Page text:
You may recall that about two months ago I was inspired by Tom Howder’s post at Twelve Mile Circle on sequentially-named towns in Massachusetts, leading me to write about the alphabetically-named towns along the Canadian National Railway in Manitoba, Saskatchewan, and Alberta. Today, I’ll bring it a bit closer to my home with a look at a rather sequentially-named set of communities in the Cariboo region of British Columbia.
Until the mid-1850s, the central interior of what would become British Columbia was largely the domain of First Nations and fur traders. This changed with the discovery of gold on the Fraser River in 1858. As prospectors moved their way up the Fraser into the Cariboo in order to find the source of the gold, the need for a road to accommodate the imminent influx of miners and settlers looking to make their fortunes in the region. In 1860, the original ‘Cariboo Road’ was commissioned by Governor James Douglas. Ultimately, there would be three versions of the wagon road constructed between 1861 and 1885, but it is the original version which gave rise to a set of numerically-named road houses.
The original Cariboo Road began at the town of Lillooet, stretching 198 miles north to the fur trading post and sternwheeler port of Alexandria before being extended within three years to the gold rush boomtown of Barkerville (at one point the largest town on the continent north of San Francisco and west of Chicago, today Barkerville is preserved as British Columbia’s largest heritage attraction). The curve in Lillooet’s main street was the zero-mile for the Cariboo Road. Winding its way out of the northern Fraser Canyon and onto the Cariboo Plateau, the road ultimately covered 365 miles (587 kilometres) of central British Columbia in its 1885 configuration.
The trip up the road usually took a week or more in those days. Travellers needed places to stay, places to buy provisions, places to get a meal. By 1863, roadhouses were popping up every 10-to-15 miles to service this need. Many of these hotel/store/restaurant combos were owned by the same people who built the road.For example, an enterprising Vermonter named Gustavus Blin Wright took up the contract for building much of the wagon road. Already charging tolls for travel on the road, Wright was quick to pounce on the roadhouse business to consolidation his earnings from travellers even further; in one case, even rerouting the road itself around an already established village simply to have it pass by one of his roadhouses.
Roadhouses were usually located in places where owner could grow crops and have access to water; self-sustenance was a key for these isolated outposts. While many did take conventional names, most of these roadhouses were named for their distance from Lillooet. Eventually, small towns would crop around the roadhouses, similar to prairie villages that grew up around railway sidings.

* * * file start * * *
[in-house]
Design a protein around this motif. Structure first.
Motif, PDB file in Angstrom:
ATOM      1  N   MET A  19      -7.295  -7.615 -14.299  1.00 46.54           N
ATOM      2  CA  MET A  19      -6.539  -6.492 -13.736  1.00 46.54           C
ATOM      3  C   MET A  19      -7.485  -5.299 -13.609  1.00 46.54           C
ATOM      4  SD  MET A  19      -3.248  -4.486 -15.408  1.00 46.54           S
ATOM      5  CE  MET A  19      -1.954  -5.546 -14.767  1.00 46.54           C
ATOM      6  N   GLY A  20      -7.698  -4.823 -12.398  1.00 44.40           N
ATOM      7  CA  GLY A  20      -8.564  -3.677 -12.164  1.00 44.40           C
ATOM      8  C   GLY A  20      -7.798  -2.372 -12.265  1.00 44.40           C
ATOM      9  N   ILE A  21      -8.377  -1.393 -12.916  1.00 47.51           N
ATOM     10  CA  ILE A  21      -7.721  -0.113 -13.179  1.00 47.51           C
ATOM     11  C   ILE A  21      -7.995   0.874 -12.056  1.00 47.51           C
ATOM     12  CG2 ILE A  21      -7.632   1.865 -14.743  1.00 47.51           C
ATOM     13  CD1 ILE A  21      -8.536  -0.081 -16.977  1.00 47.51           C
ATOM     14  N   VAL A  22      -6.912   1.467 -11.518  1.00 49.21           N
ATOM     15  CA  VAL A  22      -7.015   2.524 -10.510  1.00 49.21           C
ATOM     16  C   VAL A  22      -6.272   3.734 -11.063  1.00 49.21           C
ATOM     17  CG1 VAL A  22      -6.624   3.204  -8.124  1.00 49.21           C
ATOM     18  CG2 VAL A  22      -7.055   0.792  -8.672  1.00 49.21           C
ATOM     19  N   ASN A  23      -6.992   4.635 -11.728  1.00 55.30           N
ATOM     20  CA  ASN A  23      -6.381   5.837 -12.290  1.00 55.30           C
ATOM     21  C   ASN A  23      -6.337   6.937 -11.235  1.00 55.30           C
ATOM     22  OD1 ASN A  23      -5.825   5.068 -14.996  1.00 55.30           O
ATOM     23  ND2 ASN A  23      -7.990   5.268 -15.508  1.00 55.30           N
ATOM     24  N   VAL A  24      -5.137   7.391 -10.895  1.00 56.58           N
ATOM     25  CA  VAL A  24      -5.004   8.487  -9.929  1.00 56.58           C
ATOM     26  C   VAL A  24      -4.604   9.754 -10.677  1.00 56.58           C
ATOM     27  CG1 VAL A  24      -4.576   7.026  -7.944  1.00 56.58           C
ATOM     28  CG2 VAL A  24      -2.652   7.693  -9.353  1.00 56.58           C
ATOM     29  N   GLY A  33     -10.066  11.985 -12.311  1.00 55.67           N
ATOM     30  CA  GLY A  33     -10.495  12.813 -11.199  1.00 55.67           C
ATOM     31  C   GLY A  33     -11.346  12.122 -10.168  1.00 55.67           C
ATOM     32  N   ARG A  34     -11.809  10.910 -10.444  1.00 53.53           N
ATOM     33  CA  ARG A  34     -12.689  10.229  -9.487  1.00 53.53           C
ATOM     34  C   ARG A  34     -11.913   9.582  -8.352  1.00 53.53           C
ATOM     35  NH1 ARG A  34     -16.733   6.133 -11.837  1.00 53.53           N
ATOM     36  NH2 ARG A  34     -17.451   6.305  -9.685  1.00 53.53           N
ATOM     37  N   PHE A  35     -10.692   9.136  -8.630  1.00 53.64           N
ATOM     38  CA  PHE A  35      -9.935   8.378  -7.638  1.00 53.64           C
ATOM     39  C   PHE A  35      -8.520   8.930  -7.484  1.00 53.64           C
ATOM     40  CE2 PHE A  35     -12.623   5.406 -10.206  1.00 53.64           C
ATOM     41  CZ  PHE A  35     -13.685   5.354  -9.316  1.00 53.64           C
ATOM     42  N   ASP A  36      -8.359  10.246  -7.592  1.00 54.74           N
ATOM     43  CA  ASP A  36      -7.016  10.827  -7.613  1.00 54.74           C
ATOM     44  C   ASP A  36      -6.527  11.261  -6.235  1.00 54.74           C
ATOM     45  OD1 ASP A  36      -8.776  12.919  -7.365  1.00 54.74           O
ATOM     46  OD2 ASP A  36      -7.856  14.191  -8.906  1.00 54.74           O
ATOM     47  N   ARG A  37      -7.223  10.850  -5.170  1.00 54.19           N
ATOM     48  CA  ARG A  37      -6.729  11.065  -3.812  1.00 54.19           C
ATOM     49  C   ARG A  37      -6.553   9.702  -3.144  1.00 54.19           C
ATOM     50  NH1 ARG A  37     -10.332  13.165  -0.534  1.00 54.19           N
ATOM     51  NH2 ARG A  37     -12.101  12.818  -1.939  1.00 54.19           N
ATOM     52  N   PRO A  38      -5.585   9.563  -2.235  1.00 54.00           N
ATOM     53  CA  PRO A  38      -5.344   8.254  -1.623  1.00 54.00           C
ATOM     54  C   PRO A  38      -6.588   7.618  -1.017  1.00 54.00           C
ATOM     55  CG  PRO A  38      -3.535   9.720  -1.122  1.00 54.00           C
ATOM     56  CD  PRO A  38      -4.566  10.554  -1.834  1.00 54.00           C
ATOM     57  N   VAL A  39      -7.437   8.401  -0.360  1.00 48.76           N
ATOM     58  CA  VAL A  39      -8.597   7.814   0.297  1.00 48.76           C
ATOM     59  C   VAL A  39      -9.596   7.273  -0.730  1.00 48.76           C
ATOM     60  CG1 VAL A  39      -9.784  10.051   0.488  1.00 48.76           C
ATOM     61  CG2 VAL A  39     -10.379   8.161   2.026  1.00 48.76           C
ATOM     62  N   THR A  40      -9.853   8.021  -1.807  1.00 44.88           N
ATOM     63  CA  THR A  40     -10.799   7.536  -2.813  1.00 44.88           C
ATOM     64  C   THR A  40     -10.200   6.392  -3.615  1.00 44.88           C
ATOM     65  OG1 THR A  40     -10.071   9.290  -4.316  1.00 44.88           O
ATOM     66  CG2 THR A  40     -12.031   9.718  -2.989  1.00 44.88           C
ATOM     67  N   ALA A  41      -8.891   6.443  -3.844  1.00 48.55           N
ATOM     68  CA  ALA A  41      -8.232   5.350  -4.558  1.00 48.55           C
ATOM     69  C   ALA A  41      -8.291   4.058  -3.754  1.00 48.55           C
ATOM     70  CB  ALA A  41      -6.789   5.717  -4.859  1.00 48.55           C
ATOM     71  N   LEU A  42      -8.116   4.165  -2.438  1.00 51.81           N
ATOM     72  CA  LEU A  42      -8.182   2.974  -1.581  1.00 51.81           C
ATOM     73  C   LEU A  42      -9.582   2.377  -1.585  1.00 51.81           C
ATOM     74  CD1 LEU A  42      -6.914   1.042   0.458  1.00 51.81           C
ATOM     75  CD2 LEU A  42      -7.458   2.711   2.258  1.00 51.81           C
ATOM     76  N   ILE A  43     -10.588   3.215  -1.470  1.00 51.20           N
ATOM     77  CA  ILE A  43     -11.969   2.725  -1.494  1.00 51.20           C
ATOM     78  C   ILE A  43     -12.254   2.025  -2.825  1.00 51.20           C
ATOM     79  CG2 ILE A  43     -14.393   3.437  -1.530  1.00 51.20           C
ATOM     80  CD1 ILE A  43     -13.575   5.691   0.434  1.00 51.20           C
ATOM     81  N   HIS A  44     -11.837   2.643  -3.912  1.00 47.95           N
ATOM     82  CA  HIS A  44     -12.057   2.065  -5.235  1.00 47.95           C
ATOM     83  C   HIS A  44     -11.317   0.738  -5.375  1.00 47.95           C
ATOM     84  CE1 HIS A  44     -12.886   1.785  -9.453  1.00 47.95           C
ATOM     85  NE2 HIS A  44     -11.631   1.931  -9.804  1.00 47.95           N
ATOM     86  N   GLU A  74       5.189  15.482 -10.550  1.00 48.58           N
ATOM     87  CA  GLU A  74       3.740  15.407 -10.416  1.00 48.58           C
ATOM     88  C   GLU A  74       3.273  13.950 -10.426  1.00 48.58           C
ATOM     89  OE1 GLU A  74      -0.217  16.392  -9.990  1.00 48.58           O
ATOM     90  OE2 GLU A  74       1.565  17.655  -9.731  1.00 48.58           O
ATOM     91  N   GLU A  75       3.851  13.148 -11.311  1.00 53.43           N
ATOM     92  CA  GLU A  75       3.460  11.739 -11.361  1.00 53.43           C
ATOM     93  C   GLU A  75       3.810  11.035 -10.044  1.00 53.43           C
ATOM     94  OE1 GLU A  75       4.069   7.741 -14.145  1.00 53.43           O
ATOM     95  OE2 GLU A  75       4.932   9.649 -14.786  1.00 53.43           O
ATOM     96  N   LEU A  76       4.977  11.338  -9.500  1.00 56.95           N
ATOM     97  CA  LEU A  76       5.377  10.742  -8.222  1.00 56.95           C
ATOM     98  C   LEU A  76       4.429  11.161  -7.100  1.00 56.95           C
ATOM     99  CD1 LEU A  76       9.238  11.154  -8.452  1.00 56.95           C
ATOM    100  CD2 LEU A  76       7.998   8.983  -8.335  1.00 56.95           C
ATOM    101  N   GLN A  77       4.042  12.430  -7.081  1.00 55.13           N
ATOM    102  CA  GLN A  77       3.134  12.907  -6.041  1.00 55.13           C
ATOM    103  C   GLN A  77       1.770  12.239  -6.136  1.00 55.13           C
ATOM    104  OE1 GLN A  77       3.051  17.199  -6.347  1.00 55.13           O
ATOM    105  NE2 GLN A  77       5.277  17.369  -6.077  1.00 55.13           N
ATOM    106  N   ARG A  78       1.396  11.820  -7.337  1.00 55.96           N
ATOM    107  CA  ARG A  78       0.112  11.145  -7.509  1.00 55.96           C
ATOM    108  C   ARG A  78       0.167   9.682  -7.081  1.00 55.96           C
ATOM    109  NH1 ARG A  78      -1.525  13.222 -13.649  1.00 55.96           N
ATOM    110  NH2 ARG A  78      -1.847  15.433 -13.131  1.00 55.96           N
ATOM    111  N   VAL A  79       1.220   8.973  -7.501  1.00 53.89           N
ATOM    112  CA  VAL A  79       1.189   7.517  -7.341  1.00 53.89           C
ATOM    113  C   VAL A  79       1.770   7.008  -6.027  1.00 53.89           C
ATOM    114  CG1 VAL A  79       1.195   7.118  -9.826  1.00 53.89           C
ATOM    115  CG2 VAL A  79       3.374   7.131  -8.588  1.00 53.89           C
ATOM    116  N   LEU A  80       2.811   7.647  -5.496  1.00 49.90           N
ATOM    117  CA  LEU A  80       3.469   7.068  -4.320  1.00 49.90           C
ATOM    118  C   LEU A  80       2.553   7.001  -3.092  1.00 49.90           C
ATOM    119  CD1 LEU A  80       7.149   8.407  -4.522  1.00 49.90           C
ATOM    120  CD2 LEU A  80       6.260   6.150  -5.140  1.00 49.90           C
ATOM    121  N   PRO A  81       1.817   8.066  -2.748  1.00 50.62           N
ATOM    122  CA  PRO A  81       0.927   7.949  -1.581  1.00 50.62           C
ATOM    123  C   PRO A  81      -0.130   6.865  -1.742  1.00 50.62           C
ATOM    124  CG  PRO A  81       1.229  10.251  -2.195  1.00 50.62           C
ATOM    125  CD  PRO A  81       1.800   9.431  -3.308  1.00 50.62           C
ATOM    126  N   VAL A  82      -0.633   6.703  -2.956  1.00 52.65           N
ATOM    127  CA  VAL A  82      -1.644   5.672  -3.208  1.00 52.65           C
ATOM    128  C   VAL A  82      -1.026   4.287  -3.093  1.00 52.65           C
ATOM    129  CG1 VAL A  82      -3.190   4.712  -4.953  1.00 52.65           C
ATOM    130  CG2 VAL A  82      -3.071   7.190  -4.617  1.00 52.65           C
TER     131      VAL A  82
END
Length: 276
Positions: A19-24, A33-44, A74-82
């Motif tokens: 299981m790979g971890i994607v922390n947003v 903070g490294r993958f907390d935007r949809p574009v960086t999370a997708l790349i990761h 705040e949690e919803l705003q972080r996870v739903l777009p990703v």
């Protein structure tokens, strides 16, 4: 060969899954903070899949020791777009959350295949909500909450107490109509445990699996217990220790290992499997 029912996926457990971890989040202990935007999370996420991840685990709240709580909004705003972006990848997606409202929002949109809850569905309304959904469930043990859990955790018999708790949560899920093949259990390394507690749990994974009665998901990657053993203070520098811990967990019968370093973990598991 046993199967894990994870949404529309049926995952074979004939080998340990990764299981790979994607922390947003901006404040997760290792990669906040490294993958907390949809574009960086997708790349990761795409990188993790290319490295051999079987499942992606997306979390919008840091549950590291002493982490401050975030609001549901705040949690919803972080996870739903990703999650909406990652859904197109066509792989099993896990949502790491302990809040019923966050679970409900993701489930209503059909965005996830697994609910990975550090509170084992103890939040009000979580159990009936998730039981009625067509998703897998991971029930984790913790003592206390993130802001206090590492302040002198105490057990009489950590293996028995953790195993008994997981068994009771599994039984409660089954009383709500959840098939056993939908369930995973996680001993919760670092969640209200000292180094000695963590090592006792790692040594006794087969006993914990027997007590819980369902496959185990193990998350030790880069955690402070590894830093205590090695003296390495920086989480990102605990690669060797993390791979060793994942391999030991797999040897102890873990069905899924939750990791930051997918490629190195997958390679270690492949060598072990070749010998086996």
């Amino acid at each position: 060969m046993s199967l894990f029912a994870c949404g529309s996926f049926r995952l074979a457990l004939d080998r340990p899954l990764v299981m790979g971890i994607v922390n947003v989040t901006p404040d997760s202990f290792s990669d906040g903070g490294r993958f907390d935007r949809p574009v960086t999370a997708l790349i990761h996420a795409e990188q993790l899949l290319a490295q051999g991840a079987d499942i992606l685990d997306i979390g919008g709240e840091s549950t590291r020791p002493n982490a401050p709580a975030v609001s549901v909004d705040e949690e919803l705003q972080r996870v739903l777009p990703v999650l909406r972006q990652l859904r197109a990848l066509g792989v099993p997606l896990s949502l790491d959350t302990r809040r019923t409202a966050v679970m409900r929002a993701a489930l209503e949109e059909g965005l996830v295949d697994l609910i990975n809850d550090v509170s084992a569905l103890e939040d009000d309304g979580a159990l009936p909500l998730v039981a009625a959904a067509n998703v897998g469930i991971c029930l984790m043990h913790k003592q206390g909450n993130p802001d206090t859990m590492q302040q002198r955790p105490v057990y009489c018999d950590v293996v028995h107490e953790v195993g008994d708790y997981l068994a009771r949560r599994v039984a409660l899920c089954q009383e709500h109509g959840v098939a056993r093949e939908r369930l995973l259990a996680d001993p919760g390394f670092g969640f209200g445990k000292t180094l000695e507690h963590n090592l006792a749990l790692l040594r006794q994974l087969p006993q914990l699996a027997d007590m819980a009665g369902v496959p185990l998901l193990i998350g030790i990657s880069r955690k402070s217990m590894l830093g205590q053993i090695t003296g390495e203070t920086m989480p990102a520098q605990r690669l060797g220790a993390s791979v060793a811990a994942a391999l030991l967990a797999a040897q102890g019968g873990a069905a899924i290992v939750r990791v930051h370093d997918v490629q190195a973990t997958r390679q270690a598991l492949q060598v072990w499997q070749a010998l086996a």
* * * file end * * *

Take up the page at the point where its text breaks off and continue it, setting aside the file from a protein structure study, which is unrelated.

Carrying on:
The legacy of those road houses remains today in the form of ten communities named after these original road houses and their position on the Cariboo Road. 59 Mile House, 70 Mile House, 83 Mile House, 93 Mile House, 100 Mile House, 103 Mile House, 105 Mile House, 108 Mile Ranch, 140 Mile House, and 150 Mile House all still exist as communities today. 100 Mile House (population 2 000) is the regional centre for the South Cariboo, with a large number of services that are well in excess of other towns of its size. This is in large part because it’s adjacent to 108 Mile Ranch, a rural exurb developed on the site of the original roadhouse ranch in 1970 with a population in the mid-2 000s (103 and 105 Mile are commuter subdivisions just outside the corporate limits of 100 Mile). 150 Mile House is a village of 1 000 that has gradually transitioned into a suburb for nearby Williams Lake, and 70 Mile House is a well-known, if quaint, waypoint on the Cariboo Highway. 59, 83, 93 and 140 are sleepy byways.
A rather lonely 59 Mile House.
70 Mile House today.
In addition to the towns, numerous localities and dozens of creeks and lakes were named using this scheme. For older Canadians and British and American tourists still thinking in miles rather than kilometres, this works in their favour when travelling along the Cariboo Highway 97 between Clinton (originally 47 Mile House) and Williams Lake, since they only need look at what town they’re travelling through to gauge what distance they’ve travelled (it doesn’t take much thought to see that it will take you half-an-hour to get from 70 Mile House to 100 Mile House, for example). Of course, the modern highway is far more streamlined; these days, it’s 25.6 miles (41.3 km) between the two towns.
The amount of history along the path of the old road is staggering, with plenty of historical sites and roadside attractions that draw in thousands of tourists a year. To me, the faded old buildings and farmhouses are even more interesting. As for the old road itself, you can still see parts of the old roadbed in farmer’s fields and ranches alongside the modern highway.
Barkerville Historic Town (2010). Concise History of Barkerville. Available at http://www.barkerville.ca/history.htm. Accessed 19 December 2010.
Industrial Art Internet Group, Ltd. (1999). The Cariboo Gold Rush. Available at http://bcheritage.ca/cariboo/contents.htm. Accessed 19 December 2010.
Kluckner, M. (2005). The Cariboo & the Chilcotin. In Vanishing British Columbia, 169-184 .Vancouver: UBC Press. Excerpts available at http://www.michaelkluckner.com/bciw.html. Accessed 19 December 2010.
Robertson, D. (2002). The Grand Scheme. 108 Mile Ranch Community Association, 23 December 2002. Available at http://www.108ranch.com/grandscheme.html. Accessed 19 December 2010.